On July 31st this year, the Public Policy Institute of California (PPIC) shared findings of a recent survey released that day. The query tool, according to the PPIC, is the 13th or latest in line in this particular survey series dealing with the environment. Taking part in the survey were 2,103 adult respondents in all.
So, what are Californians saying about air pollution and related topics?
The PPIC notes: “A majority of Californians [62%] say air pollution is a big problem (28%) or somewhat of a problem (34%) in the region where they live. Adults living in the Inland Empire (44%), Los Angeles (40%), and Central Valley (31%) are much more likely to say it is a big problem than those living in the San Francisco Bay Area (16%) and Orange/San Diego (14%).” The Central Valley region consists of: “Butte, Colusa, El Dorado, Fresno, Glenn, Kern, Kings, Madera, Merced, Placer, Sacramento, San Joaquin, Shasta, Stanislaus, Sutter, Tehama, Tulare, Yolo, and Yuba Counties,” noted the PPIC in its Californians and the Environment survey.
So, I’m curious: Residents of what communities/regions are more likely to take steps to mitigate such? Logic would have it that regions having the biggest air pollution concerns would likewise be the same ones making the biggest strides in terms of air-quality improvement.
Although in the actual survey I could not locate responses specifically addressing this, I did find information on work commuting habits.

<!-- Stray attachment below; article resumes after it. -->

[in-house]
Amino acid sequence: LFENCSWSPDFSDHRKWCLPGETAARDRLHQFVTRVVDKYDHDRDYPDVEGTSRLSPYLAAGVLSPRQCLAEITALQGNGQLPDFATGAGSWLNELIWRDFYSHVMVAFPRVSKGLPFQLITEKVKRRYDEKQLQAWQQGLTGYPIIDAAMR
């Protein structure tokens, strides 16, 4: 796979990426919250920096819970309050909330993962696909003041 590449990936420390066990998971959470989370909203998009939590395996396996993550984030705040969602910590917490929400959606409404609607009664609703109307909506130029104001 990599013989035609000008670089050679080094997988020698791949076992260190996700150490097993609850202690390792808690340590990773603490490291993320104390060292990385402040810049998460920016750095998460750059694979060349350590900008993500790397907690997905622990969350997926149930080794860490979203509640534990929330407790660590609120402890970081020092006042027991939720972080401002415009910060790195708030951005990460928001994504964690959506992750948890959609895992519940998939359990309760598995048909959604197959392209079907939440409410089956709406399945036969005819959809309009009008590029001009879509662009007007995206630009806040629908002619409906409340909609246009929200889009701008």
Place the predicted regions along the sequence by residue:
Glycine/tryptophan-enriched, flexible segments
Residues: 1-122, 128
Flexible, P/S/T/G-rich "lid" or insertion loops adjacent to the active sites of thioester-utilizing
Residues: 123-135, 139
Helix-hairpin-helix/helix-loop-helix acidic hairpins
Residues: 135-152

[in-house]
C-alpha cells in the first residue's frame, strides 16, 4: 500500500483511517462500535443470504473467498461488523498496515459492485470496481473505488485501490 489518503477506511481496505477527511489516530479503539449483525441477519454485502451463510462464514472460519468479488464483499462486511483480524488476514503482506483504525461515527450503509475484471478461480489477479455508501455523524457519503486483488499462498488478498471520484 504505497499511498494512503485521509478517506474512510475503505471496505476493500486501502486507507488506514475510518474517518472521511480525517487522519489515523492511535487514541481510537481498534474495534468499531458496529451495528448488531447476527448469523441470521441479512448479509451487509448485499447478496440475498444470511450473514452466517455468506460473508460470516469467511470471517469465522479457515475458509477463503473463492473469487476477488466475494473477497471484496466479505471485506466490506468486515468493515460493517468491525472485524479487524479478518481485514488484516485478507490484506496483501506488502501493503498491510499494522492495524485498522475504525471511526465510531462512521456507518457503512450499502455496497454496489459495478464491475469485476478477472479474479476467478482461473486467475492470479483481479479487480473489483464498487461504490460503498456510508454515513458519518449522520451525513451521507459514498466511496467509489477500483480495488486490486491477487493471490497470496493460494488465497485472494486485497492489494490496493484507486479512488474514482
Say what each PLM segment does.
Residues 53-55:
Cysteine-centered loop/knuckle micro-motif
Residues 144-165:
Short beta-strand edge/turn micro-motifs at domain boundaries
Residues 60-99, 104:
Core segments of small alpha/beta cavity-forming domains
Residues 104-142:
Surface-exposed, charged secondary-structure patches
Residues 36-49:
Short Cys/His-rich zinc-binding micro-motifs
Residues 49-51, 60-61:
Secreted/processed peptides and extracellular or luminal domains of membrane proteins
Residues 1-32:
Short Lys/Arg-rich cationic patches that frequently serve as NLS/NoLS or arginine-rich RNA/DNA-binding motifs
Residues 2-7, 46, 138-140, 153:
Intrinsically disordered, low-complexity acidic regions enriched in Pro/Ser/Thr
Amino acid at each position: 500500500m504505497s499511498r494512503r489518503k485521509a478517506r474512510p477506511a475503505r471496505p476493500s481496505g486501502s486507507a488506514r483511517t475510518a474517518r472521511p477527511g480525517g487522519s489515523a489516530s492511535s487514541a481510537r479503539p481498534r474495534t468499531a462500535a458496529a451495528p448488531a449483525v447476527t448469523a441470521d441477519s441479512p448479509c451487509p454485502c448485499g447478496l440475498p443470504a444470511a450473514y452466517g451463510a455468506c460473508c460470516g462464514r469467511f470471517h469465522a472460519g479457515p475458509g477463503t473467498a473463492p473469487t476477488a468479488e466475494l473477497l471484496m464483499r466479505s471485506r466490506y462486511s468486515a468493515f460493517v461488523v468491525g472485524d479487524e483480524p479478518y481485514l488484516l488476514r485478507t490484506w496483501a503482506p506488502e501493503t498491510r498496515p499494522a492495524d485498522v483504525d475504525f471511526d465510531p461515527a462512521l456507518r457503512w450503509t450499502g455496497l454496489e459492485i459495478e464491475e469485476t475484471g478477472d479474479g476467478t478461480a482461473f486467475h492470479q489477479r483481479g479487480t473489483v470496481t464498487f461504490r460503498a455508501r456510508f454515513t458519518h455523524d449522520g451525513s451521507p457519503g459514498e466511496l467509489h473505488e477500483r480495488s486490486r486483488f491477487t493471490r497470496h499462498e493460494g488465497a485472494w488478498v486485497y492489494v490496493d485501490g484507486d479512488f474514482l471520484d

“Two in three Californians who work full- or part-time drive alone to work. Far fewer carpool (14%), use public transportation (8%), walk (4%), or bike (3%) to work; 4 percent volunteer that they work from home. The share saying they drive alone declined 11 points between July 2003 (73%) and 2008 (62%), but since 2011 it has been over 65 percent. Central Valley residents (81%) are the most likely to drive alone, followed by those in Orange/San Diego (69%), the Inland Empire (65%), Los Angeles (63%), and the San Francisco Bay Area (56%).”
Another interesting statistic is vehicle type.
Only six percent of Californians own either an electric or hybrid vehicle, according to information in the PPIC survey in question.
“San Francisco Bay Area residents (11%) are the most likely to report having one, followed by residents in Orange/San Diego (7%), Los Angeles (5%), the Inland Empire (5%), and the Central Valley (3%),” noted the PPIC.
Meanwhile, in “Number of hybrid vehicles in California triples in five years,” the Sacramento Bee reporter Phillip Reese reported: “About 585,000 hybrid vehicles were registered in the state on the first day of 2013, according to the latest figures from the California Department of Motor Vehicles. That’s up from about 218,000 hybrid vehicles registered on the first day of 2008.”
Plotted as a graph – the source of which is the California Department of Motor Vehicles – contained in that same Reese article, the year-over-year numbers of California registered hybrid vehicles recorded as of the first day of the year for all years since 2008 is as follows:
- 2008: ~218,000
- 2009: ~285,000
- 2010: ~325,000
- 2011: ~385,000
- 2012: ~480,000
- 2013: ~585,000
(Note: “~” = “approximately”)
Registered hybrid vehicles in state experienced the greatest increase between 2008 and 2009 (30.7%). This was followed by increases of 24.7 percent (2011-2012), 21.9 percent (2012-2013), 18.5 percent (2010-2011) and 14.0 percent (2009-2010).
Reese mentioned that approximately 1 in 50 state registered vehicles is a hybrid; roughly two percent of all registered motor vehicles in state.
By my calculations this would mean there are somewhere in the neighborhood of 29.25 million registered vehicles in California and represents a full 12 percent of all motor vehicles on U.S. roads. This is up from 23.4 million motor vehicles registered in state in 2000.
All quoted Public Policy Institute of California material in this article:
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